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Ann Pharmacother. 1998 Oct;32(10):1053-9.

Role of propofol in refractory status epilepticus.

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  • 1Department of Pharmacy Practice, Albany College of Pharmacy, NY, USA.

Abstract

OBJECTIVE:

To provide a review of the proposed mechanism of action, clinical efficacy, adverse effects, and therapeutic considerations associated with the use of propofol in the management of patients with refractory status epilepticus.

DATA SOURCES:

A MEDLINE database (January 1966-April 1998) was searched for literature pertaining to status epilepticus and propofol. Additional literature was obtained from the references of selected articles identified in the search. Information from all articles published in English was considered for inclusion in the article.

DATA SYNTHESIS:

Propofol is a unique, nonbarbiturate, anesthetic agent possessing anticonvulsant properties, although the exact anticonvulsant mechanism is unknown. Several case reports and two small, open, uncontrolled studies have described the efficacy of propofol in refractory status epilepticus. Most of these clinical reports discuss the utility of propofol after traditional treatment regimens have failed or are not tolerated. Initiation of propofol usually resulted in termination of seizure activity and/or electroencephalographic burst suppression within seconds that was sustained during the drug's use. Additionally, propofol was well tolerated. Advantages of propofol compared with traditional barbiturate anesthetic agents include better cardiovascular tolerability and a more favorable pharmacokinetic profile, allowing for rapid assessment of efficacy and neurologic assessment upon drug withdrawal. Propofol has been associated with a variety of neuroexcitatory adverse events such as opisthotonos, muscle rigidity, and choreoathetoid movements. Additionally, although the data are inconclusive, propofol has also been reported to cause seizures.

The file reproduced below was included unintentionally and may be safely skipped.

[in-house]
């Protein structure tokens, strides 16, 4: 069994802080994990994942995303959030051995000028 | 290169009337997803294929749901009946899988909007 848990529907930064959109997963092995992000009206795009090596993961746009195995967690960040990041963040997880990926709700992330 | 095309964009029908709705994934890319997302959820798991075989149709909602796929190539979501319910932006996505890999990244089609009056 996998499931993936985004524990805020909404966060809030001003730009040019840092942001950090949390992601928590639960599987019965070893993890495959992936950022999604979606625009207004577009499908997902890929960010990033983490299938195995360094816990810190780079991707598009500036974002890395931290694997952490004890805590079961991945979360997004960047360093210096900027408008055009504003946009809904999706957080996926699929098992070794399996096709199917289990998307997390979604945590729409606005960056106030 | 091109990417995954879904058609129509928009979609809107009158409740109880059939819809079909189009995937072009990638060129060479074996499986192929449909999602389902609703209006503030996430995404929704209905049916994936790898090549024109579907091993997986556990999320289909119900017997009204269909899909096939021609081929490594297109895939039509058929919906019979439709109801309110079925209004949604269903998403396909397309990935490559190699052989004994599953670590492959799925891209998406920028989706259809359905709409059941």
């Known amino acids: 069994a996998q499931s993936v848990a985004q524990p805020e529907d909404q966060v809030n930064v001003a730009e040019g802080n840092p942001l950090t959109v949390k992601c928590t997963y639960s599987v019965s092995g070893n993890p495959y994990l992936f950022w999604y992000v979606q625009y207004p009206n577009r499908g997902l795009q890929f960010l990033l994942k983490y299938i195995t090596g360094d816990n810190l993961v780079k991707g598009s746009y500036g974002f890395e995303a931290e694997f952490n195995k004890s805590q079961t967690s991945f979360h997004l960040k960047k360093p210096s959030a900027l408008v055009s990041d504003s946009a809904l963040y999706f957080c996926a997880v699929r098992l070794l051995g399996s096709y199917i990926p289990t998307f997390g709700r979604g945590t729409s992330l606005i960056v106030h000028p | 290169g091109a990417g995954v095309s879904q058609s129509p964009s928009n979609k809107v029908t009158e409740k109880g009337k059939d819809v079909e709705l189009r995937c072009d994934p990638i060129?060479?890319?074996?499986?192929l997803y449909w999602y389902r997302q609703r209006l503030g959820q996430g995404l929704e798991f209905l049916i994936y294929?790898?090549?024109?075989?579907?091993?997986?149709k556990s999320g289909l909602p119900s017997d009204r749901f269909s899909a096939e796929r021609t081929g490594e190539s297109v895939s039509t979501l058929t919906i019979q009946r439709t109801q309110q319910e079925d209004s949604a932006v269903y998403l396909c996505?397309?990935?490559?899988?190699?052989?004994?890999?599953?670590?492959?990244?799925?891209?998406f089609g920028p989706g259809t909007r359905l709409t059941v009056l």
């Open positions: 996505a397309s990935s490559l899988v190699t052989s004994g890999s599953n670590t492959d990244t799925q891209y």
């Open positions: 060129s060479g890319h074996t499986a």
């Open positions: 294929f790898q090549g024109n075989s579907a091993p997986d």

CONCLUSIONS:

Propofol has shown promising results in the management of refractory status epilepticus when traditional therapies have failed or were not tolerated; however, controlled clinical trials are needed to better assess the comparative efficacy, neurologic adverse effects, and clinical outcome to better define its role in refractory status epilepticus.

PMID:
9793598
[PubMed - indexed for MEDLINE]
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